All mice were kept on a 12 h light/dark cycle with ad libitum access to food and water. The studies were approved by the Animal Care and Use Committee of Nippon Medical School. All experiments were performed by examiners blinded to the genotypes or treatments of the mice.
Primary culture of neurons.
Primary cultures of cortical neurons were prepared from 17 d mouse embryos by the method described previously (Ohsawa et al., 2007). In brief, neocortical tissue was cleaned of meninges, minced, and treated with trypsin. After mechanical dissociation by pipetting, cells were resuspended in DMEM (Invitrogen) supplemented with insulin (5 μg/ml), transferrin (5 μg/ml), putrescine (100 μm), selenium (5 ng/ml), and penicillin–streptomycin, and then plated onto poly-l-lysine-coated plates at a density of 5 × 104 cells/cm2. After 3 d of the culture, we used neurons for analysis of cell viability. For preparing hippocampal cells, hippocampus of 17 d mouse embryo was cleaned of meninges, minced, and treated with protease mixture (SUMILON). After mechanical dissociation by pipetting, we resuspended cells in nerve cell culture medium (SUMILON), and then plated onto poly-l-lysine-coated plates at a density of 5 × 104 cells/cm2, changed one-half of the medium once every 2 d, and then used neurons at day 1 and day 9 for analysis of neurite outgrowth and cell viability, respectively. Neuronal identity was confirmed by immunostaining with the neuron marker anti-TUJ-1 (Covance) and/or anti-MAP2 (Sigma-Aldrich) and astrocyte marker anti-glial fibrillary acidic protein (GFAP) (ThermoImmunon) antibodies. After incubation with BODIPY FL goat anti-mouse IgG (Invitrogen), cells were imaged by confocal scanning microscopy (Olympus) using excitation and emission filters of 488 and 510 nm, respectively. Preparations containing >90% neurons were used for experiments. Apoptosis was detected by DNA strand breaks using terminal deoxynucleotidyl transferase-mediated biotinylated UTP nick end-labeling (TUNEL) according to the procedure of the manufacturers (MBL).
Preliminary observation and neurological reflexes.
Mice were first observed in their home cages for general activity and levels of aggression. Each mouse was then observed in a bare cage for general health, presence of whiskers, and appearance of fur. Mice were challenged to evaluate reflex responses including eye blink, ear twitch, whisker touch, and righting reflexes (Miyakawa et al., 2001).
Locomotor activity was measured using an open-field apparatus (45 × 45 × 65 cm) (Kim et al., 2006). Animals were placed in the center of the apparatus in standard indoor-lighting conditions and total distance traveled for 10 min was recorded. Between sessions, the apparatus was wiped clean with 70% ethanol.
Wire hanging test.
The neuromuscular strength was tested by the wire hanging test (Hamann et al., 2003). In brief, mice were placed on a wire netting, which was lightly shaken, causing the mouse to grip the wire. After a 5 s cutoff time, the wire netting was turned upside down (180°) and the latency to fall was recorded for the maximum time.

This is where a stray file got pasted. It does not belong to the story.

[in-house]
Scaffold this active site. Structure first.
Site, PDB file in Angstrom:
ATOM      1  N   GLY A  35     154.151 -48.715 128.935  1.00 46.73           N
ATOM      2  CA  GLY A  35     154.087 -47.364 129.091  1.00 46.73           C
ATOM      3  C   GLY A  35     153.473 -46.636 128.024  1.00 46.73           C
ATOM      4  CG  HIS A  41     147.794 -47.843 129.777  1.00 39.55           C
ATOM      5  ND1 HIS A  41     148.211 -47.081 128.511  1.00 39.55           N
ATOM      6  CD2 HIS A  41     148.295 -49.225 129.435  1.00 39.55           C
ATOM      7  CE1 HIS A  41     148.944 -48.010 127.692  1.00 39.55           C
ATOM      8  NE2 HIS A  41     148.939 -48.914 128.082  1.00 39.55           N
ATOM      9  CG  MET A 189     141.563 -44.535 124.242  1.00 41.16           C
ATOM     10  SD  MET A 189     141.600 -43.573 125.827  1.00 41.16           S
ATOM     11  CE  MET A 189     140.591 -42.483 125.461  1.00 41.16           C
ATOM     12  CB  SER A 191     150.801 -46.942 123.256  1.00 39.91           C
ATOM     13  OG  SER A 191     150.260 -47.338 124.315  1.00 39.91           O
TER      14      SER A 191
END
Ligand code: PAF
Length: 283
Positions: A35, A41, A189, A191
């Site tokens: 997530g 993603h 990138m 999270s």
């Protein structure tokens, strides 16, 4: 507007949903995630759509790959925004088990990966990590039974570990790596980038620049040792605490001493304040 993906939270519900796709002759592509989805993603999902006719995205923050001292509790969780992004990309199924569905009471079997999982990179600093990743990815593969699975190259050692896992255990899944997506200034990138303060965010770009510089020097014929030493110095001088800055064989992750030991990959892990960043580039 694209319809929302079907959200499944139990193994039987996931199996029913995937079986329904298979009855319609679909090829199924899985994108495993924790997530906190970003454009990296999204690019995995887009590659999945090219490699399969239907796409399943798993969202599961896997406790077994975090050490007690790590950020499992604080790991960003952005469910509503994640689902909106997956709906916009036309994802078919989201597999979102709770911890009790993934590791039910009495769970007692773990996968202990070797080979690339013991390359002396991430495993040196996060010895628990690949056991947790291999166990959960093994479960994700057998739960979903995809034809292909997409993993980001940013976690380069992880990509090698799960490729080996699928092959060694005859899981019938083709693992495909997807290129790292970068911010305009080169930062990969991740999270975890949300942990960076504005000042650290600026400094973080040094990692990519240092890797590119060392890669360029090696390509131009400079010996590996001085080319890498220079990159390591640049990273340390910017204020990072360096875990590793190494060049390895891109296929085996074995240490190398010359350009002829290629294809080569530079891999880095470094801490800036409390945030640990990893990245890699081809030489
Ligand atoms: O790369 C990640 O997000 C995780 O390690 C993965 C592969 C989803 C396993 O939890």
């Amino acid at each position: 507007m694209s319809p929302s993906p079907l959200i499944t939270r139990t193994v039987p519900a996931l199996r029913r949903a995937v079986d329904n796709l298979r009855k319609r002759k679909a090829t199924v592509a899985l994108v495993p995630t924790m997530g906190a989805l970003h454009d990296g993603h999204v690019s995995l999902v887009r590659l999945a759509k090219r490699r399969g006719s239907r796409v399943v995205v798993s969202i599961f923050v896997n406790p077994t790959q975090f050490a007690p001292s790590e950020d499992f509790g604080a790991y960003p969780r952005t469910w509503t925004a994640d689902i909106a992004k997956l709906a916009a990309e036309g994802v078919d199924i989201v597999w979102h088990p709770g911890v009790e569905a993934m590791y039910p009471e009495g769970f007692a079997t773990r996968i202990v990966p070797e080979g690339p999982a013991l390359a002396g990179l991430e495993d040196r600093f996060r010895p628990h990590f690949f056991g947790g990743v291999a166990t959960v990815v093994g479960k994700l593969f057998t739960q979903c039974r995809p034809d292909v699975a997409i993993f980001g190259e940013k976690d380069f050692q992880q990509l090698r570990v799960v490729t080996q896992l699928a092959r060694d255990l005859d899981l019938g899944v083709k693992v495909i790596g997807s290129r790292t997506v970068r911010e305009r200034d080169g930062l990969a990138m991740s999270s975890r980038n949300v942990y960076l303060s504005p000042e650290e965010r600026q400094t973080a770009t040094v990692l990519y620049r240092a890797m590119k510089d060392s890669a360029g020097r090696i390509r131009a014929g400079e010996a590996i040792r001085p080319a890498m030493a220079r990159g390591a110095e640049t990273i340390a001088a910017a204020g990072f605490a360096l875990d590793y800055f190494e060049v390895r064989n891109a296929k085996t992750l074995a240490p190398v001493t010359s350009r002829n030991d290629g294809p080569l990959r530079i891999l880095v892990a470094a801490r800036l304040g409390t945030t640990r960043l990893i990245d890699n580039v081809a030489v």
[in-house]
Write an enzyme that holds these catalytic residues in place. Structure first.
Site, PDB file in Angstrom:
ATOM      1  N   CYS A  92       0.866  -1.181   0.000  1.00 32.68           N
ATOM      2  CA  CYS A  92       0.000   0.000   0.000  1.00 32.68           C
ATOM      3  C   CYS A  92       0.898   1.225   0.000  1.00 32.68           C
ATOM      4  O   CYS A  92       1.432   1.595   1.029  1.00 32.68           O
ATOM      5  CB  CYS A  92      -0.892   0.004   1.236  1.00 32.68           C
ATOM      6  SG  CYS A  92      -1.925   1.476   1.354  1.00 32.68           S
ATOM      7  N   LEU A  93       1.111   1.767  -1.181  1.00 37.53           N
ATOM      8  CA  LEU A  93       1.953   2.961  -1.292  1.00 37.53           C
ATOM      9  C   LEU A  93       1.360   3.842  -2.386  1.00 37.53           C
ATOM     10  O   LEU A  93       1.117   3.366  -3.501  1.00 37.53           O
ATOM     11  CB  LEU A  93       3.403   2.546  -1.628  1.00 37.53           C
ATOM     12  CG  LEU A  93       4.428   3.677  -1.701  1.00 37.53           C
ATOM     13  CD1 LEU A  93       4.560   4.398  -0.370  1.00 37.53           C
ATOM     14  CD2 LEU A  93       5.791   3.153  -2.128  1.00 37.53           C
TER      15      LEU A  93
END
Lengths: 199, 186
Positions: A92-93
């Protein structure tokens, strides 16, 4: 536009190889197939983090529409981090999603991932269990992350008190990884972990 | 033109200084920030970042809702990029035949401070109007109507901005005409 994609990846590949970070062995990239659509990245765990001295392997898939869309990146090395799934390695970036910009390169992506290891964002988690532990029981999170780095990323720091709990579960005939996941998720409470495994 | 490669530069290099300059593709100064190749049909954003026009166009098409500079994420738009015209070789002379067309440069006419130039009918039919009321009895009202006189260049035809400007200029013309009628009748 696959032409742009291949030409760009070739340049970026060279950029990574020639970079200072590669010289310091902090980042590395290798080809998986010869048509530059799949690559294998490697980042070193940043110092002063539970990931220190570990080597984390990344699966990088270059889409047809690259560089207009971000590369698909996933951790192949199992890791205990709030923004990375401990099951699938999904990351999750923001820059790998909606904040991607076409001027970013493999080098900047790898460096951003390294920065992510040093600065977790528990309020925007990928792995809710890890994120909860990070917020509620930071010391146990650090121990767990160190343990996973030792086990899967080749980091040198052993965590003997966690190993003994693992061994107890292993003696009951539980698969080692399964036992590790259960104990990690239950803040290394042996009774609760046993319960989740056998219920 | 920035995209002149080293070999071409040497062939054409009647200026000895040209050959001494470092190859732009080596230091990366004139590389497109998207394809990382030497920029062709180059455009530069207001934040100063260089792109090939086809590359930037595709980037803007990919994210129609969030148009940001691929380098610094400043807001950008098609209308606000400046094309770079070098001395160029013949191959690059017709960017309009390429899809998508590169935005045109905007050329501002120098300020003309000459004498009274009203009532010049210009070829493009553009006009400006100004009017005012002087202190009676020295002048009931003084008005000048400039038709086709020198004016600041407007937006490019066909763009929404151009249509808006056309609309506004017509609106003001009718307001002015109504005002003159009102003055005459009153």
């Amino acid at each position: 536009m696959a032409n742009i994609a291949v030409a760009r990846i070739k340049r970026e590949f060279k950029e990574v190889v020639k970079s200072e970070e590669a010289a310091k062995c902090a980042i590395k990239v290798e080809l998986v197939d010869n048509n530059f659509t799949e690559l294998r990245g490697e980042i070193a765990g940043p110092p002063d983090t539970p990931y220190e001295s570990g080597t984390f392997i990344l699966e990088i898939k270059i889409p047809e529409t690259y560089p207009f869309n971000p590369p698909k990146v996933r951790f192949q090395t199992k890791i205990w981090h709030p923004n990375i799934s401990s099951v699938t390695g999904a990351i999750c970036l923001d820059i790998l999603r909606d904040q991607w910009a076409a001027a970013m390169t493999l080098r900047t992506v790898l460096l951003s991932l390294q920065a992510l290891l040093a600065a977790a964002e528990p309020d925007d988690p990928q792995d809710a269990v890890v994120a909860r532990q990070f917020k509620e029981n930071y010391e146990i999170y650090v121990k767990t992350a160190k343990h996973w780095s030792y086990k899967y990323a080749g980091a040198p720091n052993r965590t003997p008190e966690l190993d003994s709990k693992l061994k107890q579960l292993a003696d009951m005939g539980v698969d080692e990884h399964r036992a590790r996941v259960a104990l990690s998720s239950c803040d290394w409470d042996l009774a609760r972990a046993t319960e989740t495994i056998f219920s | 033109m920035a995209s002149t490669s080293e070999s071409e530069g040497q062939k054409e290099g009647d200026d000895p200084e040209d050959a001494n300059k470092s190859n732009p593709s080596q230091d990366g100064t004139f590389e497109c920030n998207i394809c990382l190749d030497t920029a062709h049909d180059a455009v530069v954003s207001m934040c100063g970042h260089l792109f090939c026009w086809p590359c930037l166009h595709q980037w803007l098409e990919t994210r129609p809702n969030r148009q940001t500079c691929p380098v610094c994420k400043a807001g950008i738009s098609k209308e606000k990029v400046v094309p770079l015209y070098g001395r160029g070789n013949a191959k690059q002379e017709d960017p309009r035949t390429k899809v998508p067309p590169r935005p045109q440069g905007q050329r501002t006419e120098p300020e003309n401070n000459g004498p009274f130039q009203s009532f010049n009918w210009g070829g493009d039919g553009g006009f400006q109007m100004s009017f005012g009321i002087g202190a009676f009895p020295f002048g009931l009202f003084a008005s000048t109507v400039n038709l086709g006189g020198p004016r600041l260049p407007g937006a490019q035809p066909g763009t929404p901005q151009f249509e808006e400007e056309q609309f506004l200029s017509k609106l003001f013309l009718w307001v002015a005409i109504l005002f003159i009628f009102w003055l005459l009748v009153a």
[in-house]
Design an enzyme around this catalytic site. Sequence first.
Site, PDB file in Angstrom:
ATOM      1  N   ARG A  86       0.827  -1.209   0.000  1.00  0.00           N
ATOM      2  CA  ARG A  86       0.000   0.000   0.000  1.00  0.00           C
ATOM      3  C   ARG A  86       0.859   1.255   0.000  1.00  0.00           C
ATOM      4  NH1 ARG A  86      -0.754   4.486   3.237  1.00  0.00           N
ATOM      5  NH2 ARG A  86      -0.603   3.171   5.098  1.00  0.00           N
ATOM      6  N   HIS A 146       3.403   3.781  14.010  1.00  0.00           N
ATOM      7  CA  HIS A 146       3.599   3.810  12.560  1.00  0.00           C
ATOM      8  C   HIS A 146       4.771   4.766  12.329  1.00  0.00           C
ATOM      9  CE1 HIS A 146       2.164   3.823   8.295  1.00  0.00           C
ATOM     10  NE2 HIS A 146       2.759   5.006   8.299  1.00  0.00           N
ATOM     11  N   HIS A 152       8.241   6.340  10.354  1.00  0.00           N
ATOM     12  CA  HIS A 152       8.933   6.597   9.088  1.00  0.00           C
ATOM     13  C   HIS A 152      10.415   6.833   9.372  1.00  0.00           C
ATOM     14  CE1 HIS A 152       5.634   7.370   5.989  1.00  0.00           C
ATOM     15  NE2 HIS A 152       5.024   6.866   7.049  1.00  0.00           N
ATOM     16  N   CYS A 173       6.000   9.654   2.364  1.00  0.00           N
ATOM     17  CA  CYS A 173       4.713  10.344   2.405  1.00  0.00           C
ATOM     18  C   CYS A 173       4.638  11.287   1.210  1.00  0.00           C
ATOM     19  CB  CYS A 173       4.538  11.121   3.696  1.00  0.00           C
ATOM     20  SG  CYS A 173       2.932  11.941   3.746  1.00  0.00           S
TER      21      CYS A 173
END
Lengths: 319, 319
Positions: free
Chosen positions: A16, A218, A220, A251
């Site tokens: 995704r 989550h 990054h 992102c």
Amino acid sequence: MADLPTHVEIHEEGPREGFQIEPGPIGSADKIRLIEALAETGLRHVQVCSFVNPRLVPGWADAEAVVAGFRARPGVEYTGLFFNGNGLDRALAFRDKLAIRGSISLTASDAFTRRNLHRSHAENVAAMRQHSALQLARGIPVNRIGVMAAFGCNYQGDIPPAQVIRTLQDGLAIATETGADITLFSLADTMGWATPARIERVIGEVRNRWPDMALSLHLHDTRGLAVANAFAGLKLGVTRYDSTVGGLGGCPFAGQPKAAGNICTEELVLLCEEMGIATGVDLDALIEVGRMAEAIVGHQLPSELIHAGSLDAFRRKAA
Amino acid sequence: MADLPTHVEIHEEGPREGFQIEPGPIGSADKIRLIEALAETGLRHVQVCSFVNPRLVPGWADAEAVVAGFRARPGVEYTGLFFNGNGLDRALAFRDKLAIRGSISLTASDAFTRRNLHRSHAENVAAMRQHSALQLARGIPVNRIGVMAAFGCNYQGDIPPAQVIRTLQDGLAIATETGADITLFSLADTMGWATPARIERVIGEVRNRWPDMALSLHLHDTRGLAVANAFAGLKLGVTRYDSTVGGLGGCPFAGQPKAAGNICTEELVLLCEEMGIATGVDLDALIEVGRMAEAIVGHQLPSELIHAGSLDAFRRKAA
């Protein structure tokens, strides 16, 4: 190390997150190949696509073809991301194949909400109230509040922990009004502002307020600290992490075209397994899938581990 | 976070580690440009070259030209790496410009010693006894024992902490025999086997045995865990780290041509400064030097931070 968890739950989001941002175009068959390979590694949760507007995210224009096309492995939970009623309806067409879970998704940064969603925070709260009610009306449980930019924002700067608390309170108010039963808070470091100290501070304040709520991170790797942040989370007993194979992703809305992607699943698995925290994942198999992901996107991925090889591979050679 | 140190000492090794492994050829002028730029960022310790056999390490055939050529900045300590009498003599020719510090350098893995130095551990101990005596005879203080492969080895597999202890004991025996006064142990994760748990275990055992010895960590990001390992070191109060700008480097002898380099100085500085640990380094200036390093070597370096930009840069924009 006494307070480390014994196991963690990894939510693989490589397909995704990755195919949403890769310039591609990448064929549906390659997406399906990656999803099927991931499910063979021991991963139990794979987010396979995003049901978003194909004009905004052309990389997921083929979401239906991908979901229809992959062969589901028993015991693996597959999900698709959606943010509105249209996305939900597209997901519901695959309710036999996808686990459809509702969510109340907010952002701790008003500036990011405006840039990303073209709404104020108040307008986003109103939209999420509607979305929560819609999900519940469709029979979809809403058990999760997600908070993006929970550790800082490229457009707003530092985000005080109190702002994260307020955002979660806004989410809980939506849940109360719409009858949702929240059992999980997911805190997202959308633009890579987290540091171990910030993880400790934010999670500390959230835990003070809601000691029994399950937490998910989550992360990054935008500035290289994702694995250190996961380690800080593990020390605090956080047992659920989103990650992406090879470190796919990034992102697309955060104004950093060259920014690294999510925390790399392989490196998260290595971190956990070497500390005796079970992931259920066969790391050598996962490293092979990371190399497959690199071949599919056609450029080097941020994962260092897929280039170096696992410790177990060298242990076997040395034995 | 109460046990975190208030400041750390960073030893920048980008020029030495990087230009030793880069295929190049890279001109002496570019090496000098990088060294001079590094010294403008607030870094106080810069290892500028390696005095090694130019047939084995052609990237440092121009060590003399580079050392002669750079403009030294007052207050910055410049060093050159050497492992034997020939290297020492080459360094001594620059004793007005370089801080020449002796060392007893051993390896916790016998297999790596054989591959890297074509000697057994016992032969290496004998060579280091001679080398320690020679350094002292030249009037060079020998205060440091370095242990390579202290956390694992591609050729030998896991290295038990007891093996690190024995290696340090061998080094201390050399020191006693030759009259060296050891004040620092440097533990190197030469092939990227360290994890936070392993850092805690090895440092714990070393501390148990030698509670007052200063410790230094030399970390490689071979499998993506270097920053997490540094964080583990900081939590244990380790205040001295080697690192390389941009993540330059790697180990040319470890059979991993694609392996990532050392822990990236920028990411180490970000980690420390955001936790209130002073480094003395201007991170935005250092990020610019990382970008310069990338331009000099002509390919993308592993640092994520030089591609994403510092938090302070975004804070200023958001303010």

The brain was removed and left one was kept at −80°C for biochemical assay. The right brain was further fixed for 4 h at room temperature by using 4% paraformaldehyde in PBS and subsequently cryoprotected with 30% sucrose in PBS. Frozen brain was sectioned at 8 μm thickness using a cryostat (Leica), mounted on slides, and air-dried. To stain sections with antibodies against NeuN (clone A60; Millipore), GFAP, and phospho-Tau (clone AT8; Pierce), the M.O.M. kit (Vector Laboratories) was used by the method according to the manufacturer. For double staining with anti-NeuN, antimonoclonal antibody and rabbit anti-GFAP polyclonal antibody (Abcam), we used Texas Red goat anti-mouse IgG (Invitrogen) and BODIPY FL goat anti-rabbit IgG (Invitrogen) as secondary antibodies and visualized signals with a laser-scanning confocal microscope.
The left hippocampus was dissected and Dounce-homogenized in cold lysate buffer [10 mm Tris, pH 7.4, 320 mm sucrose, 1% Triton X-100, 1% CHAPS (3-[(3-cholamidopropyl)dimethylammonio]-1-propanesulfonate), 0.025% NaN3, 1 mm EDTA, 1 mm EGTA, 50 mm sodium fluoride, 2 mm sodium orthovanadate, and protease inhibitor Complete tablets EDTA-free (Roche)] and stored at −80°C. Protein concentration was determined with the BCA protein assay kit (Pierce). Equal amounts of protein (100 μg) were separated on 10–20% polyacrylamide gels (Daiichi), transferred onto PolyScreen transfer membranes (PerkinElmer), and incubated in blocking buffer consisting of TBS (10 mm Tris, pH 7.6, and 150 mm NaCl) with 5% bovine serum albumin. For immunodetection of specific bands on the blots, Can Get Signal immunoreaction enhancer solution (Toyobo) was used by the method according to the manufacturer. Blots were incubated with primary antibodies to tau phospho-Ser-202/205 (AT-8; 1:500; Pierce), pan-tau (TAU-5; 1:1000; Millipore), p35 and p25 C terminus (C-19; 1:200; Santa Cruz), and cyclin-dependent kinase 5 (Cdk5) (C-8; 1:100; Santa Cruz) and further incubated with alkaline phosphatase-conjugated secondary antibodies (1:10,000; Cappel). Signals were visualized with AttoPhos substrate (Roche). Blots were stripped with stripping buffer (62.5 mm Tris, pH 6.8, 100 mm 2-mercaptoethanol, 2% SDS) and reprobed with antibody to β-actin (1:10,000; Sigma-Aldrich) to normalizing the amounts of loaded proteins.
Concentration of HNE in the brain was determined using a colorimetric assay kit (HAE-586; OXIS International) according to the manufacturer's instructions. The protein concentration of each sample was measured using a BCA protein assay reagent (Pierce).
Visual object recognition test.
The visual object recognition test (vORT) was used to test recognition memory (Wang et al., 2004). Mice were first habituated in a 25 × 40 cm cage for 6 h before training. During 10 min of training, two plastic blocks with different shapes and colors were presented. Object recognition was scored by the number of approaches to and/or sniffs of the object and was reported as percentage preference (recognition index). One day after training, one of the conditioned blocks was replaced with a novel object to test for memory retention, and recognition index was scored during 5 min of testing.